Review: Via the ongoing Dancing On The Charles compilation series and associated parties, Soul Clap continues to champion the sounds of Boston's lesser-celebrated underground electronic music scene. This is the fifth annual instalment and, at 12 tracks deep, also one of the most musically expansive, too. We're rather enjoying the deep, boogie-tinged soulful house flex of Matt Carey's "Roses", the acid-powered deep house wooziness of Nick Thrine, Suspense and Finley's "Liquid", and the driving, mind-mangling acid-jack of Trip Report's "I've Got It", though highlights abound throughout. We'd also recommend checking out the colourful boogie brilliance of Saucy Lady's "It's All Here", which is so authentic to its inspirations that you half expect it to boast Jheri curls and keytar slung over one shoulder.
Review: Six months on from his last outing on Swat, Detroiter Pontchartrain pops on Soul Clap with a fine four-track missive. First up is "Citalmina", a hybrid breakbeat/deep house affair that sees the producer brilliantly play around with drowsy, held-note chords, sun-kissed synthesizer melodies and a suitably rubbery bassline. As if offering us a breather, the track that follows, "Where Do We Go Now", is a superbly dreamy voyage through deep house/synth-pop fusion. Pontachartrain is soon dancefloor bound once more, though, via two versions of the more percussive, foreboding and psychedelic "Rio Magdelena". Of the two mixes, it's the glassy-eyed, sunrise-ready, arpeggio-driven brilliance of the HazMat rework that's particularly tickling our fancy.
Review: Soul Clap seems to have developed a strong working relationship with soul chanteuse turned original disco diva Nona Hendryx. They first joined forces on single "Shine" back in 2016 and here deliver something far more ambitious: a five-track EP of Hendryx songs produced and mixed by the Botson-based twosome. Naturally, there?s plenty to admire throughout, from the slap bass-propelled, disco-not-disco bounce of "Scream" (very reminiscent of Hendryx's early '80s work with Bill Laswell), to the slick electrofunk-pop of "Ooo, Ooo, Ooo" and low-slung P-funk heaviness of "Peel Back". Best of all, though, is the gospel-powered deep house/nu-disco stomp of opener "I Feel Joy", which achieves just the right balance between thrusting righteousness and dreamy deepness.
Review: According to our meticulous records, "Magic" is the first outing of 2017 from Wolf + Lamb and Soul Clap regular Nick Monaco. The San Fran man is in fine form on the title track, a loose and low-slung combination of rubbery dub disco aesthetics, Midnight Magic bass and delay-laden vocal passages. It's basically left-of-centre disco for those who like their grooves heavy and organic. "Elliott" is slightly more Balearic in tone, with lilting, almost Hawaiian guitar motifs and loved-up electronics rising above another low-slung, alternative '80s style disco groove. Wisely, Monaco has also included the kind of hazy, hushed vocal that sounds like it was recorded in the midst of a particularly saucer-eyed night out.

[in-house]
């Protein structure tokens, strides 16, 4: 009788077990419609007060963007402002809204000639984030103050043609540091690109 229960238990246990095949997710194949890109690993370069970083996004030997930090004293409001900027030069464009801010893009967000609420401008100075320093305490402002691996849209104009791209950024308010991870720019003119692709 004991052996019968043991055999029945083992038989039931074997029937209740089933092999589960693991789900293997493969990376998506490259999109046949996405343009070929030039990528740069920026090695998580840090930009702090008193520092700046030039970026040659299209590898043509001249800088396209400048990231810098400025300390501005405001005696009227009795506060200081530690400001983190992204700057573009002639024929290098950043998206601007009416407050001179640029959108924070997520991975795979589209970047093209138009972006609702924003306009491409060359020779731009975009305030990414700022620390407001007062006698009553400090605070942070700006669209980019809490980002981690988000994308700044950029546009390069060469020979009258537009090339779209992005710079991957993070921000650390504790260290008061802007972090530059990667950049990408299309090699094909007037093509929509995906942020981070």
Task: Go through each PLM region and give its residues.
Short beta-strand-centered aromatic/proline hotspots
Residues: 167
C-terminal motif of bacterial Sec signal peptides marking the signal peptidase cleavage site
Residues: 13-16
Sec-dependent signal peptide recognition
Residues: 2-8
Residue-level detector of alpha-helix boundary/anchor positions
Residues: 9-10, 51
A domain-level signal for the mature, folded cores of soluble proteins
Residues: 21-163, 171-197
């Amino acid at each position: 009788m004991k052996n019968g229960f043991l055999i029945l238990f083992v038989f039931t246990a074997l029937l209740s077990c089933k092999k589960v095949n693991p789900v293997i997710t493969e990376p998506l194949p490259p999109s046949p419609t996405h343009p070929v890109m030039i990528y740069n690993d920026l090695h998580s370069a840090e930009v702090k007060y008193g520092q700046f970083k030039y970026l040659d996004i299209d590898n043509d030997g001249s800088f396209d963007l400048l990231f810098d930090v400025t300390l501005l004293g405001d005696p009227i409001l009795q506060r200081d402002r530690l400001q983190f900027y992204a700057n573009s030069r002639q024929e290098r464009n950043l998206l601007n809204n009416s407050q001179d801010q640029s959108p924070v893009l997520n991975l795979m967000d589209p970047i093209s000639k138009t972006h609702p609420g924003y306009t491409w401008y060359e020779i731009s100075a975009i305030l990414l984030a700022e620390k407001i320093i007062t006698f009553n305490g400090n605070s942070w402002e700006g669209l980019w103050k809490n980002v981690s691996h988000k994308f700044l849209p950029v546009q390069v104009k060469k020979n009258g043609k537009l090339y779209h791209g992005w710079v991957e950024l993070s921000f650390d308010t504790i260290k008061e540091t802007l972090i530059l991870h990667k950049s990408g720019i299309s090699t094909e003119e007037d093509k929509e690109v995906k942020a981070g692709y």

Review: Purloined from the funkiest cavities of their last album Free From Your Spell, Midnight Magic's loose-grooved post disco fusion enjoys a new collection of re-visions and versions. George Clinton-approved FSQ add a little more drive in the drum department and swooning focus on the harmonies, Nark strips back the layers and polishes with a generous dose of acid while long-time Soul Clapper Michael The Lion rebuilds the elements into a roaring piece of piano-hammering gospel house feelgoodness. Feel the love!
Review: Given his history in the disco re-edit scene, it's perhaps unsurprising that Michael Fichman's first EP for Soul Clap contains a couple of bona fide mirrorball treats. Chief amongst these is "Get it On (Bosq Remix)", a brilliant chunk of revivalist vocal disco full of authentic instrumentation, including Nile Rodgers style guitars, a fine walking bassline and on-point percussion. DJ Bruce provides two killer, gospel inspired revisions of the track, too: the pared-back, pianos-and-bongos vibe of the "Feeling Mix" and the stretched-put, organ heavy gospel disco roller that is the standout "On & On Mix". Fittingly, both make much of Amy Douglas's inspired vocal. Elsewhere, "Side of Life" is a preacher-sporting chunk of sunshine disco and "The Changer" joins the dots between chugging dub disco and throbbing Italo-disco.
Review: Before she passed away in 2013, Chiwonsio Maraire impressed with the Rebel Heart album. Here, one of the highlights of that set, breezy dancefloor sing-along "Gomo" - is given the remix treatment. The sun-soaked original version kicks things off, before David Marston and MOA turn it into a saucer-eyed chunk of Balearic house complete with snaking saxophone solos, tactile chord progressions and bubbly analogue bass. The rest of the reworks come from DJ Spen and Souledge. Their headline remix (also available in instrumental form) successfully re-imagines the track as a bumpin' chunk of tech-tinged Afro-house goodness, complete with seriously heavy bass, intricate marimba melodies and vocal cut-ups. Arguably even better is the "Saxfro" mix, which gives more prominence to the jaunty saxophone solo and delay-laden vocal snippets.